This is my first ever piece for Hex Dimension, and I’m going to start as I mean to go on: by saying something stupid.

I found series three of Sherlock really disappointing. That isn’t the stupid part – that’s just my initial feelings and I know I’m not alone in them. The question is why. This series had the same brilliant writing and visual flare that it’s always had, and the performances were as good as ever, so it’s not a drop in quality. What I think, after wrestling with it for a few weeks, is that this series was simply too character-focused.

Too much focus on character

As I said, that’s clearly stupid. Character is what pulls us into fiction and makes us care about what’s happening. A strong focus on character is what makes people connect to their favourite programme – from Breaking Bad right down to My Little Pony – and weak character-work can prevent that connection from forming – like the early parts of Dollhouse. Character-focus is what makes good shows great, and Sherlock is no different!

The first series of Sherlock managed the impossible by capturing the nation’s hearts and minds in just three episodes. And, like any good story, it did it through its strong focus on character; we were captivated by Sherlock and John and their bizarre relationship. Series two pushed that even further, really exploring Sherlock’s sociopathy through people like Irene Adler and Jim Moriarty, and making his bond with Watson a big part of the plot. Finally series three, this latest series, sees our two leads forced to deal with what they mean to each other.

So what’s changed? If all three series have been big on character, why am I singling out this newest one?

My problem – my stupid problem, I remind you – is that the first two series explored the characters and their relationships through tight, focused, detective stories. We learnt about the characters, but we learnt about them through their efforts to solve mysteries. For all its focus on character, the actual plots were driven by action and intrigue, with the character stuff cleverly worked into that framework.

Learning on the job

We found out that Watson’s an adrenaline junkie by watching him in action, not by having him argue about it. We learnt about Mycroft by seeing him clash with his brother, not by having them hang out discussing how clever they are. Most importantly, we understood who Sherlock was by watching him deal with people and situations, not by having him announce “I’m a high-functioning sociopath!” every single episode. I swear they tried to make that into a catchphrase this year.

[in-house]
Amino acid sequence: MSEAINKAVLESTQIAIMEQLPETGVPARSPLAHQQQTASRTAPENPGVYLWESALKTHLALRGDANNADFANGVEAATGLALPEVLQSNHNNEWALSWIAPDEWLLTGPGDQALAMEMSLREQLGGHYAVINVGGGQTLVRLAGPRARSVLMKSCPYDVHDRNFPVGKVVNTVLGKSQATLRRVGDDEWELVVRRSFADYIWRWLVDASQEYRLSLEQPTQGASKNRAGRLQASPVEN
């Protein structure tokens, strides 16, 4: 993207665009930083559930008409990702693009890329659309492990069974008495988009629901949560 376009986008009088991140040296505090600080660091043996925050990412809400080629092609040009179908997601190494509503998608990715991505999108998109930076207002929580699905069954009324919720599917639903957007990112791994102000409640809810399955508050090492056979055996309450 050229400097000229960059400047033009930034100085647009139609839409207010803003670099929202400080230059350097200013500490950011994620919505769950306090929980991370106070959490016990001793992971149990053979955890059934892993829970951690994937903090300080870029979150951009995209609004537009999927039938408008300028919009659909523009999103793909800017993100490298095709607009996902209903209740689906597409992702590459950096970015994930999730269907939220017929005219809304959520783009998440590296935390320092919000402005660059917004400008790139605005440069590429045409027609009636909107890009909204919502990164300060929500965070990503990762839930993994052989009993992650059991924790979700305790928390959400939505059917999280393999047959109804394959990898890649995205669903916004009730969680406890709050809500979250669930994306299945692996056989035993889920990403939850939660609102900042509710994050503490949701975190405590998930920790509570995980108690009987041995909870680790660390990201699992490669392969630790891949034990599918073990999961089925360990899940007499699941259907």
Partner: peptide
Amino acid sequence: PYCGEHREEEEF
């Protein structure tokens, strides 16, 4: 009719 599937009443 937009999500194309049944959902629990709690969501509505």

(Editor’s note: the first two series did a lot of showing, not telling, which is how detail and information should be added to characters and plot.)
Pictured: Family
My problem with series three is that it just isn’t a detective show any more. This programme about Sherlock Holmes, the most famous detective in all fiction, is no longer a detective show! They don’t solve mysteries or play cat-and-mouse with criminals any more, they just go about their (admittedly unusual) daily lives. The game is not afoot, because there is no game.

My favourite episode was the middle one – The Sign of Three – because there was an actual mystery to solve (and because drunk-Sherlock-vision was the funniest thing ever), but even there the case was weaved around the character-centric wedding plot, not the other way around.

As for the other two, there was technically a case to solve in the first, but it was incredibly weak and hinged on our supergenius somehow not counting the carriages of a train – even the mystery of Sherlock’s survival (which the episode seemed far more interested in) amounted to little more than “I called my brother and he sorted it out.” His Last Vow, the final episode, didn’t even have that, leaving the characters with no case to solve and no mystery to uncover – just a couple of obvious reveals and a “shock” ending that was telegraphed a mile off. Otherwise, with marital troubles and a Christmas gathering, it was just a weird character-drama about family.

Did we mention he’s a sociopath?

Maybe I am just being stupid, but the character work in this programme used to be clever, subtle, and layered beneath complex detective plots. In this series the character work was the entire plot, with only the occasional weak mystery bolted on the side. Don’t get me wrong – it’s not that I didn’t enjoy the soap-opera antics of Sociopath-Man and his angry sidekick, it’s just that it didn’t feel like Sherlock.